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UBC Theses and Dissertations

Spatiotemporal dynamics of forest disturbances caused by selective logging in the Brazilian Amazon Almeida Lima, Thais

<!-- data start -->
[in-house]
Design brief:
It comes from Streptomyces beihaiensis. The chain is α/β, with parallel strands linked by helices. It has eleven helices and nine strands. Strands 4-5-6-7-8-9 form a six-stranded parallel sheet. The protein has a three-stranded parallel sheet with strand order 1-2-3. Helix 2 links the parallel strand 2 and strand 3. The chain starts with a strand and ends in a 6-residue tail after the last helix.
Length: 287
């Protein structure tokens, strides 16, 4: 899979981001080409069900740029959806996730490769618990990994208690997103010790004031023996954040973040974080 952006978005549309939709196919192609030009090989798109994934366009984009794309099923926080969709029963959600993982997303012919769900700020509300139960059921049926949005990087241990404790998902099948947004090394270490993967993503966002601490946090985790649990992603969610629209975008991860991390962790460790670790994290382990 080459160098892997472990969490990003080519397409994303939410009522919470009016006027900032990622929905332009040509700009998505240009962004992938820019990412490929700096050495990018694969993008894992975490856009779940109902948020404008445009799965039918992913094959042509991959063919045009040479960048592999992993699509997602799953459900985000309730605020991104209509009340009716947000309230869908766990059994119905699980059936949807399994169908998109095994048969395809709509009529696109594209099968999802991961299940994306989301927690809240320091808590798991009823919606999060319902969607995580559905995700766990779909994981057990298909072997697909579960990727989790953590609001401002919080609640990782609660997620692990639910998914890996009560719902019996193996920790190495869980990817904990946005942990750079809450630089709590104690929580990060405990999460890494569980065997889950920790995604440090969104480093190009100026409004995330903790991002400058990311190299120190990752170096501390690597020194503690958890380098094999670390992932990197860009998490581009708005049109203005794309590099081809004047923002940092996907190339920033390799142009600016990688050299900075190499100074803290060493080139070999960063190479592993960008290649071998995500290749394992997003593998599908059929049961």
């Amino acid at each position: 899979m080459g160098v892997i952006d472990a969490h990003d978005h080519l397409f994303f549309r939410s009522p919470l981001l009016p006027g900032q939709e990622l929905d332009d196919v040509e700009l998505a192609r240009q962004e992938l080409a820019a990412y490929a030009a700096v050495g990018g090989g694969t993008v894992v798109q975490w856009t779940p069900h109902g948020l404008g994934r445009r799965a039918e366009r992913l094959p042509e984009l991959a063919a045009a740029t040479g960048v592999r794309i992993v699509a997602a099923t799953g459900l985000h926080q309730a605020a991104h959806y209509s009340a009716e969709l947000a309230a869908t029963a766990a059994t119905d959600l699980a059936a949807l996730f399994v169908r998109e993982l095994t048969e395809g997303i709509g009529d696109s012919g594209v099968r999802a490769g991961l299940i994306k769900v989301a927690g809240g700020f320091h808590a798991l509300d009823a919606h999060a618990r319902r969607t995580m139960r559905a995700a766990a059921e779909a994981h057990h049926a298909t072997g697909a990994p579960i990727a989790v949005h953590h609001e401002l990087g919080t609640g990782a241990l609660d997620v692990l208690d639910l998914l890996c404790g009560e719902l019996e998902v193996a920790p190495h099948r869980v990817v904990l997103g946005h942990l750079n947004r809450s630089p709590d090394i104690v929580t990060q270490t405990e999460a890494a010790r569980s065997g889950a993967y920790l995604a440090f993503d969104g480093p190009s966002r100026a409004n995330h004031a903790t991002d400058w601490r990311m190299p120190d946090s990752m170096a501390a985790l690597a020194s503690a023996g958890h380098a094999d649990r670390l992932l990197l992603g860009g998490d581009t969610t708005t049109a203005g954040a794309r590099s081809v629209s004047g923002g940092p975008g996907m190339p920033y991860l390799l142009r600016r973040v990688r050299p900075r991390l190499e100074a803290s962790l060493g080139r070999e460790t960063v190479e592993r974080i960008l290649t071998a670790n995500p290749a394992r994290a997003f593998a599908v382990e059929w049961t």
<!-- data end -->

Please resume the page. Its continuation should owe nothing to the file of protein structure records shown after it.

Selective logging is one of the main causes of forest degradation in the Brazilian Amazon. However, when compared to deforestation, logged forests retain much more biomass and carbon stocks, maintaining important ecosystem services. In several tropical countries selective logging has been promoted as an alternative to the conversion of forests into other land use types. In Brazil, legal logging activities are mainly conducted in privately owned forests, hereafter called forest management units (FMUs). Little is known about the implementation of authorized logging in these areas. This thesis had the objective of characterizing selective logging activities in FMUs located in a focused area within the Brazilian State of Amazonas. The performance of two satellites, Landsat 8 and Sentinel-2, for mapping selective logging were compared. A robust change detection approach was applied for imagery of both satellites. Based on these analyses, Sentinel-2 was chosen as input data set for a spatial pattern analysis. Landscape metrics were computed over multiple scales and then combined into a single map, with five classes of disturbances. Then, this map was used to produce a forest disturbance intensity score. Different weights, meant to account for the heterogeneity associated with harvest operations, were assigned for each disturbance class to score and rank FMUs. Both satellites showed the same performance in terms of accuracy. However, due to its larger spatial resolution, Landsat 8 overestimated the area of logging compared to Sentinel-2. Therefore, Sentinel-2 data was chosen for all further analyses. The five disturbance intensity classes showed a good association with real disturbances. The ranking system, compared to a traditional disturbance indicator, showed very different results for FMUs with intermediate disturbance scores. The most disturbed and the least disturbed areas kept the same position wherever weighting system was assigned. This thesis presents important results towards a better understanding of the spatiotemporal patterns of logging related disturbances in tropical forests. The methodology developed here is simple but robust, it is transparent and easy to be reproduced. The mapping scheme, the spatial pattern analysis and the score system can be used by institutions concerned with the monitoring of tropical forests.

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